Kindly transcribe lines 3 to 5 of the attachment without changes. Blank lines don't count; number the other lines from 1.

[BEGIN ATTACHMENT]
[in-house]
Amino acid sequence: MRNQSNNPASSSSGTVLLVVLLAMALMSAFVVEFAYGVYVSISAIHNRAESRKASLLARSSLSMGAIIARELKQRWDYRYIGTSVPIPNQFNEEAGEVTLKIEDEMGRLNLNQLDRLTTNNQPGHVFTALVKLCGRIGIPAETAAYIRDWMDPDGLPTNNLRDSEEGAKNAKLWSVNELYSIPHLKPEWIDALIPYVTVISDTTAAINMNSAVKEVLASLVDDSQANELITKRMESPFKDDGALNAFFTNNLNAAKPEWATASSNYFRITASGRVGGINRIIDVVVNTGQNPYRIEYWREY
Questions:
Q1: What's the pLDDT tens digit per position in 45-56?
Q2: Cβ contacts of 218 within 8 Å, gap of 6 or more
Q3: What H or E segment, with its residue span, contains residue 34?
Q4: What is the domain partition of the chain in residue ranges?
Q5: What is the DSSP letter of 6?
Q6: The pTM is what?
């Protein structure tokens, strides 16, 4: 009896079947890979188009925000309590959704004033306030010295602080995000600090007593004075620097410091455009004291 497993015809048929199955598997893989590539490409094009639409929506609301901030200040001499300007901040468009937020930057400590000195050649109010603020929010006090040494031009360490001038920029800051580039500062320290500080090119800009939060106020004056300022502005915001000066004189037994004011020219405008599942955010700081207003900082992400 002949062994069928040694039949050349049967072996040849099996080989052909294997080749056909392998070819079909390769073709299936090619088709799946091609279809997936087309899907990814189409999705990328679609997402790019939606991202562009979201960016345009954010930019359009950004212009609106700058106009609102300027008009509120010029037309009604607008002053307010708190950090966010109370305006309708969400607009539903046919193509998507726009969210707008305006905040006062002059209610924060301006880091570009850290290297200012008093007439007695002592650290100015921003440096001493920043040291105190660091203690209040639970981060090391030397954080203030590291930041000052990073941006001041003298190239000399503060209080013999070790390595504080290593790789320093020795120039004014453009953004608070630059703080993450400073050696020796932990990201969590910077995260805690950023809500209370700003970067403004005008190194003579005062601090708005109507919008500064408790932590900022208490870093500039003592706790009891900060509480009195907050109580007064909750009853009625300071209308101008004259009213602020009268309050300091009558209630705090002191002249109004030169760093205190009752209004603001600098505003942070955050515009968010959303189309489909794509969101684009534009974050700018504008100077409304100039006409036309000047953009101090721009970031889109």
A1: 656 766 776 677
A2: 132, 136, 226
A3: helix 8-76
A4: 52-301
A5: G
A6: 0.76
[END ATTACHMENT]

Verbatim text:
Questions:
Q1: What's the pLDDT tens digit per position in 45-56?
Q2: Cβ contacts of 218 within 8 Å, gap of 6 or more